This is particularly true for post-colonial developing nations like the Philippines. The bulk of Science Fiction comes from the United States, the UK and Japan (the latter primarily for anime and its derivatives). The outlook and point-of-view of such culturally dominant narratives is imposed on the rest of the world simply because it’s the only one readily available in the market.

The Philippines (and by extension the rest of the world) needs its writers to add their voices to what should be a multi-ethnic, multi-perspective chorus. Never mind that the international market prefers “western-style SF” at this time. Never mind that very few Filipino writers can write without any vestige of western colonialism. The country needs more stories to define the future it wants and deserves.

sky gypsies-600x600

Cover illustration for the comic book adaption of Timothy Dimacali’s Sky Gypsies with art by John Bumanglag

Why isn’t there more Filipino Science Fiction? Putting aside the bias against the literature of the Fantastic that had persisted in the country for decades, the main excuse given is that the Philippines isn’t “high-tech” enough; that it “does not have a tradition of discovery, exploration and scientific thinking” and that high technology exists apart from experience of the everyday Filipino.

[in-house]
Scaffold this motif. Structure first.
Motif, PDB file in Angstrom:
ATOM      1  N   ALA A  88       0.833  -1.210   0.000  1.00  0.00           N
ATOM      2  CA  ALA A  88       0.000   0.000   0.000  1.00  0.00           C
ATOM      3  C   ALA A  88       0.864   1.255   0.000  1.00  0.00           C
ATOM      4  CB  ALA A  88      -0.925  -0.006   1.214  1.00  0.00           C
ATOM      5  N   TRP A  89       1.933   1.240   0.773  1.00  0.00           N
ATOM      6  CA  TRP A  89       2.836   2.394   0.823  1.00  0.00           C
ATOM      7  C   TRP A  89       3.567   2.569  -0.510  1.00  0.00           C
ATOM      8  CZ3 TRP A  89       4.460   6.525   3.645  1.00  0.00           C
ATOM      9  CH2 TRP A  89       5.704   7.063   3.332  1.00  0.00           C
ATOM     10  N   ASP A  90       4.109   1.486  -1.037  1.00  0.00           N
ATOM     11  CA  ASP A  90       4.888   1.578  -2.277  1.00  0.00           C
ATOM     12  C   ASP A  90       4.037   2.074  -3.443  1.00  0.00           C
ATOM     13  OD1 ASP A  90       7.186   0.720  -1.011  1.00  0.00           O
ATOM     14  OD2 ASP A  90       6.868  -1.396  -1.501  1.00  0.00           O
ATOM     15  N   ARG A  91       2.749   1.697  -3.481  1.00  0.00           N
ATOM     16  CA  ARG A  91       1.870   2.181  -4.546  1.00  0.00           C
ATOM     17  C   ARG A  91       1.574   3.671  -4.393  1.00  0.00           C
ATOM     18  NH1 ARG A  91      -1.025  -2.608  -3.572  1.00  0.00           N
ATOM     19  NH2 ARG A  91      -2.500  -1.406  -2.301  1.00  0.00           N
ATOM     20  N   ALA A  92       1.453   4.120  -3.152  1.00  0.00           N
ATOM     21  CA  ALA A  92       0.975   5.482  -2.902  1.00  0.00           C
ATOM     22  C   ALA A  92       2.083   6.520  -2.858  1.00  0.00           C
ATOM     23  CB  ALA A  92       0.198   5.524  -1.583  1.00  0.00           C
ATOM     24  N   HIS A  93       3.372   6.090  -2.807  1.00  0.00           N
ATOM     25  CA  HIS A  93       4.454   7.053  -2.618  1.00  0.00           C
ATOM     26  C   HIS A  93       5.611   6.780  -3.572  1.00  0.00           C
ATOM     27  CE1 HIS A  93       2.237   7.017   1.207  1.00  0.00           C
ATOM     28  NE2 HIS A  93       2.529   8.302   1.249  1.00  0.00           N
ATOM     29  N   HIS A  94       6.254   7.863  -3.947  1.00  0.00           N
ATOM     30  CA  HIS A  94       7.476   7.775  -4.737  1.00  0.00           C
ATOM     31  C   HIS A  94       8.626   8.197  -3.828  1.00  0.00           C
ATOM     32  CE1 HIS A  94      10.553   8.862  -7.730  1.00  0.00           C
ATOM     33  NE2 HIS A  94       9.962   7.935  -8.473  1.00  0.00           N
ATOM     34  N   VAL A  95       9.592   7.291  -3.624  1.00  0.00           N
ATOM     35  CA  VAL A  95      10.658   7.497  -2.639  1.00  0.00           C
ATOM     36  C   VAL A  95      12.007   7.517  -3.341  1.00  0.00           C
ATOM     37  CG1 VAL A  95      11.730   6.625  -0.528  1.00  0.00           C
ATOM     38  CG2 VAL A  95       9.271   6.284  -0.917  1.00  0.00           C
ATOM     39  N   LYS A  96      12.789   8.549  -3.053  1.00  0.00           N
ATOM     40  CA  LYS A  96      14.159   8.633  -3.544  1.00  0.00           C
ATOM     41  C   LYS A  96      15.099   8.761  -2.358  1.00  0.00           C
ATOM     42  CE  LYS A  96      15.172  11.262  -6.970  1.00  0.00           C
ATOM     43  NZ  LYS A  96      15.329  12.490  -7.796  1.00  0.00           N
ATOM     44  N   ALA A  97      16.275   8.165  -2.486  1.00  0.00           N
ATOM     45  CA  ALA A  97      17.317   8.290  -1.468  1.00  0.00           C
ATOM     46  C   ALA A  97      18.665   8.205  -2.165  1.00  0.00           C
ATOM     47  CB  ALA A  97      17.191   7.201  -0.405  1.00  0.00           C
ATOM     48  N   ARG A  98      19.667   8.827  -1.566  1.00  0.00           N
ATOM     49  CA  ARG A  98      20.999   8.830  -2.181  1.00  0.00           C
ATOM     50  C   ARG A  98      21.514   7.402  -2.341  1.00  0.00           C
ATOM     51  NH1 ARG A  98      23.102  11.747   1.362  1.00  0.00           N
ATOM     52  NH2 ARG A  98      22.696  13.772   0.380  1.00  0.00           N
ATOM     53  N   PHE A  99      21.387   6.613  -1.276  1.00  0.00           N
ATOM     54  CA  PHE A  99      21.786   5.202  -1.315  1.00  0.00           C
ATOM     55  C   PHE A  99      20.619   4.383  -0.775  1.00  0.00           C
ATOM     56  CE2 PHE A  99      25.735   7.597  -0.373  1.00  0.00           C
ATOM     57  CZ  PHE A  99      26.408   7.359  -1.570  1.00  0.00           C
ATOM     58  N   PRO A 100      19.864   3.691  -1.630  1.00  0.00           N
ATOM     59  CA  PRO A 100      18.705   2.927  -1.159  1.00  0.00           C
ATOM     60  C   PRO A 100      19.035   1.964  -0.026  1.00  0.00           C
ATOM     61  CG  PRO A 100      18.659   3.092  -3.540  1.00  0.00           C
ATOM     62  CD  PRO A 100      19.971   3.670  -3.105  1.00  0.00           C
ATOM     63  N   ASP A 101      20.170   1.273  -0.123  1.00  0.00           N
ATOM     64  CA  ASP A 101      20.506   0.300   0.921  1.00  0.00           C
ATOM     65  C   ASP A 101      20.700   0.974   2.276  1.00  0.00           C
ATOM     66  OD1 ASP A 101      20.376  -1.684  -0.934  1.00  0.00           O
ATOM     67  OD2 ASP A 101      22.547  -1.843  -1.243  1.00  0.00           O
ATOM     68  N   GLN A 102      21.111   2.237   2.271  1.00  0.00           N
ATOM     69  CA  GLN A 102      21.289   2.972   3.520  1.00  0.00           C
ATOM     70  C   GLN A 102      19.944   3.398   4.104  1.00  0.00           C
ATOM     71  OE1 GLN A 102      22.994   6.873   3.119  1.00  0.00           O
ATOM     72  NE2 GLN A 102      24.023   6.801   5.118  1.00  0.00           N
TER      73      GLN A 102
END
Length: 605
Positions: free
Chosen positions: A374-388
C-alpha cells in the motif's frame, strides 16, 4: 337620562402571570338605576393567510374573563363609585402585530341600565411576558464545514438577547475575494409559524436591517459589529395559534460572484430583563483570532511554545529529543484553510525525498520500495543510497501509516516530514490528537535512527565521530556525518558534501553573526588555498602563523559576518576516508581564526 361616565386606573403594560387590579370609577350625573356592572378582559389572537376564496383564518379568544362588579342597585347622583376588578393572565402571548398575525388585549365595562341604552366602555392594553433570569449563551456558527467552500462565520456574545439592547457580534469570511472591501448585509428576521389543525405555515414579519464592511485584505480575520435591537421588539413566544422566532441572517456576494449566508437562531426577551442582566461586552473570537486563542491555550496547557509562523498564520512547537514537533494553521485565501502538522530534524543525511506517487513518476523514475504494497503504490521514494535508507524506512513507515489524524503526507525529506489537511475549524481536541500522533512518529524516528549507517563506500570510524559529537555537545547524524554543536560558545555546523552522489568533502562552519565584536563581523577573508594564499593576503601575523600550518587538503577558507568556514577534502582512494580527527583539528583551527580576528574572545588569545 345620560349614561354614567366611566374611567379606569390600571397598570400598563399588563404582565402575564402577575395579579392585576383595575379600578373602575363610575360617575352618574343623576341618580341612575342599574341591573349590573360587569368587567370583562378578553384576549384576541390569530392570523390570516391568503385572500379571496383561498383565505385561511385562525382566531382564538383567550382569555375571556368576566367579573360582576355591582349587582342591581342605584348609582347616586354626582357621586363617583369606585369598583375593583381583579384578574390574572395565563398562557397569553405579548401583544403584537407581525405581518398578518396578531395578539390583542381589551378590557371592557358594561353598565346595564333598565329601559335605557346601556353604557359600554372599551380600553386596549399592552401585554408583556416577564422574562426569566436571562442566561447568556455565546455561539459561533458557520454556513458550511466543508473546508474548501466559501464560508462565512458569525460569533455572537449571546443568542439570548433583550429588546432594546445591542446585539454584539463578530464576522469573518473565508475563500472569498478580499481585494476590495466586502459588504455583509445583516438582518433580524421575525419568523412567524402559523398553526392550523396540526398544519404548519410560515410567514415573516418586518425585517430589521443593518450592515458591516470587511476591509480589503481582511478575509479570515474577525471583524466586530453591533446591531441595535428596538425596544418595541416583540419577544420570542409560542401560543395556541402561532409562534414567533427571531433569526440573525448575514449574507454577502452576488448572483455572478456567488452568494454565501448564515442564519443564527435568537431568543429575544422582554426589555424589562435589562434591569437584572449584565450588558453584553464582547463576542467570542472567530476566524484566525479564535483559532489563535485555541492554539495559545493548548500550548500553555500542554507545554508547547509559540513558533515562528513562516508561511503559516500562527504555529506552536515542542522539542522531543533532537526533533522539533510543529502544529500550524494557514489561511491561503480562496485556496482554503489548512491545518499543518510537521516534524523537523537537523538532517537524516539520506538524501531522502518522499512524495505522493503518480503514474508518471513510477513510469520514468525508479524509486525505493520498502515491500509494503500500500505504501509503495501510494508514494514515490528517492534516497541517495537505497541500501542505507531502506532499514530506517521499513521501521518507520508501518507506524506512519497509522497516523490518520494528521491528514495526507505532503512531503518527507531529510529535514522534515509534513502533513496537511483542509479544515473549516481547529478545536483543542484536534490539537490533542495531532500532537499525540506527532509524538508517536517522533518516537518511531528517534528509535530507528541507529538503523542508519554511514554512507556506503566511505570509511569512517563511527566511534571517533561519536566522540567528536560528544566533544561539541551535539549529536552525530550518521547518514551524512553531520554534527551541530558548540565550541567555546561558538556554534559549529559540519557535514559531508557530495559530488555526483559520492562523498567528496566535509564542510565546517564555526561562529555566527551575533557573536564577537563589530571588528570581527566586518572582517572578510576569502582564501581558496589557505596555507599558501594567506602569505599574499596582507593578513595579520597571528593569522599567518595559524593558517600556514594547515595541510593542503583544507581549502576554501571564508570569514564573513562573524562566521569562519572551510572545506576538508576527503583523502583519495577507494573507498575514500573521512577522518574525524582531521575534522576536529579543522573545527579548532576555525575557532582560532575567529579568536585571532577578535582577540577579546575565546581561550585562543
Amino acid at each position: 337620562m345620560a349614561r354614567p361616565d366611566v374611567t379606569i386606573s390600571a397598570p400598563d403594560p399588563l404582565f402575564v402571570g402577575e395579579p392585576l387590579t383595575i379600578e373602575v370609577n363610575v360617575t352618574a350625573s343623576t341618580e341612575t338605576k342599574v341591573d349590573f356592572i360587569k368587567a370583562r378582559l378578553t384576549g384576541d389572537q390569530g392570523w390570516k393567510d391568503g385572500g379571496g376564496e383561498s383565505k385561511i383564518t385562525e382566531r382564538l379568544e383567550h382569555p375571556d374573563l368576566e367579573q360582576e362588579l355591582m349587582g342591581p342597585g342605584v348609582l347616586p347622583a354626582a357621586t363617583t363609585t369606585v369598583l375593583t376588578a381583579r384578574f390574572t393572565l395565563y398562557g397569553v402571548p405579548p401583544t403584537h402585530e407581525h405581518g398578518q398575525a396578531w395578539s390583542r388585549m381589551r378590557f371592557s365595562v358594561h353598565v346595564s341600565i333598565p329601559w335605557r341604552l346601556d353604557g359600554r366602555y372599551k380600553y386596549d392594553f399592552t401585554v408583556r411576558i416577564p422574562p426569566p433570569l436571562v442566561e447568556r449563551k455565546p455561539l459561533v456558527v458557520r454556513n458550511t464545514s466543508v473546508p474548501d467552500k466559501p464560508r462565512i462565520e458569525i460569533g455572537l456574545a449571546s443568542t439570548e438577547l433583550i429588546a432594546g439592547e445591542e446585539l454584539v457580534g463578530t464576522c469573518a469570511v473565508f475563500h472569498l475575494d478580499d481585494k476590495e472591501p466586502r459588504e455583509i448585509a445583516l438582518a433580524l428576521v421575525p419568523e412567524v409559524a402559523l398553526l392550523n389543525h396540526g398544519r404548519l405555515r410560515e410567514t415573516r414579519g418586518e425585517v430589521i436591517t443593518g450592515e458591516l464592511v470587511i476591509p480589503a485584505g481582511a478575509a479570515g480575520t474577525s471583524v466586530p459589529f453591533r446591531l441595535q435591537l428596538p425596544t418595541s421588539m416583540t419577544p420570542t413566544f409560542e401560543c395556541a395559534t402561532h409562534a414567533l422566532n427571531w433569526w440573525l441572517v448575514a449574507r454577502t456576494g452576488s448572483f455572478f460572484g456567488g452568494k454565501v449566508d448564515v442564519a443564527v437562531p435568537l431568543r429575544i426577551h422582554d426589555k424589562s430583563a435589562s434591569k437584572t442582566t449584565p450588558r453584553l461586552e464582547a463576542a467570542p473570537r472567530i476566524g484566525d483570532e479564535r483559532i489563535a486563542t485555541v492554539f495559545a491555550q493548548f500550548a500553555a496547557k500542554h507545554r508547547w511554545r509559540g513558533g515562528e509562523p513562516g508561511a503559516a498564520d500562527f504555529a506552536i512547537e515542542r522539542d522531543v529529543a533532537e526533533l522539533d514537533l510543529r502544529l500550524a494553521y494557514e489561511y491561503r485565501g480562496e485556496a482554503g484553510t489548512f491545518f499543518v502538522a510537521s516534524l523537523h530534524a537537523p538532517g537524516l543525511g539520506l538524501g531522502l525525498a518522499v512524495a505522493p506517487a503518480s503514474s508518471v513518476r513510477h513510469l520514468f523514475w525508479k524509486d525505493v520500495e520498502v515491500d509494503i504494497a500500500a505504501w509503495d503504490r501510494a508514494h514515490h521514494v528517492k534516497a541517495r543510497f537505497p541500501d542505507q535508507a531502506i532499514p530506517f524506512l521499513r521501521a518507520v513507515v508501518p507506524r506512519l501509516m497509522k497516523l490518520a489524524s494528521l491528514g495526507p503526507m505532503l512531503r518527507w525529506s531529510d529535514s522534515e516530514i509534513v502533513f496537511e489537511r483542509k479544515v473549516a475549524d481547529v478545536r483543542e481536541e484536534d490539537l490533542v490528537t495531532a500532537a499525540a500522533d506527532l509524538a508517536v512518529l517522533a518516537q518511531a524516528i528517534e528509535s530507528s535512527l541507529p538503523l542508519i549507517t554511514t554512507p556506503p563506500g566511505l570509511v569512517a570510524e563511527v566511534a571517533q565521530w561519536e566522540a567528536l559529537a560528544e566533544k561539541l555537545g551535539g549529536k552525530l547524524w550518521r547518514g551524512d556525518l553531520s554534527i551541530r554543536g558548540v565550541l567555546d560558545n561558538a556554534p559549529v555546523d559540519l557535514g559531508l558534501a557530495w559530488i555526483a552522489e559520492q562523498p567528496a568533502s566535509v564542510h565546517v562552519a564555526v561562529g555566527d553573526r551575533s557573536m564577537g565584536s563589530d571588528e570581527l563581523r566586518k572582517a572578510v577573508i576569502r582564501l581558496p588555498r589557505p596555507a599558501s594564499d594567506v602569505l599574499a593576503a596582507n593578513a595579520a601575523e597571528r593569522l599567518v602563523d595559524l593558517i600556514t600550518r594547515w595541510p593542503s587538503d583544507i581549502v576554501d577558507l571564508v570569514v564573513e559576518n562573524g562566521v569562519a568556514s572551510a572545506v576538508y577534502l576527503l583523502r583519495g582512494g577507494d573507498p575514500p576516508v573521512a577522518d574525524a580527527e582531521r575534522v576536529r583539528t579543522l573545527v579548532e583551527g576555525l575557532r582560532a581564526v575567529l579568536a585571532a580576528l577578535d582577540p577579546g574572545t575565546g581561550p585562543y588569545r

While this may have been true half a decade ago, the mobile digital revolution has placed powerful networked computers literally in the pocket of most everyone in the Philippines. Many Filipino kids today have never stepped on a farm, never owned a carabao (i.e. water buffalo, that staple of many a Filipino short story), and probably wouldn’t know what to do with one unless the animal came with a mobile app. This is not to demean those who are marginalized or those work in the agricultural sector, it’s just that we also need other kinds of stories. Besides, discussing politics and social issues are essential to serious Science Fiction. It’s not really the content that needs to be expanded – it’s the form.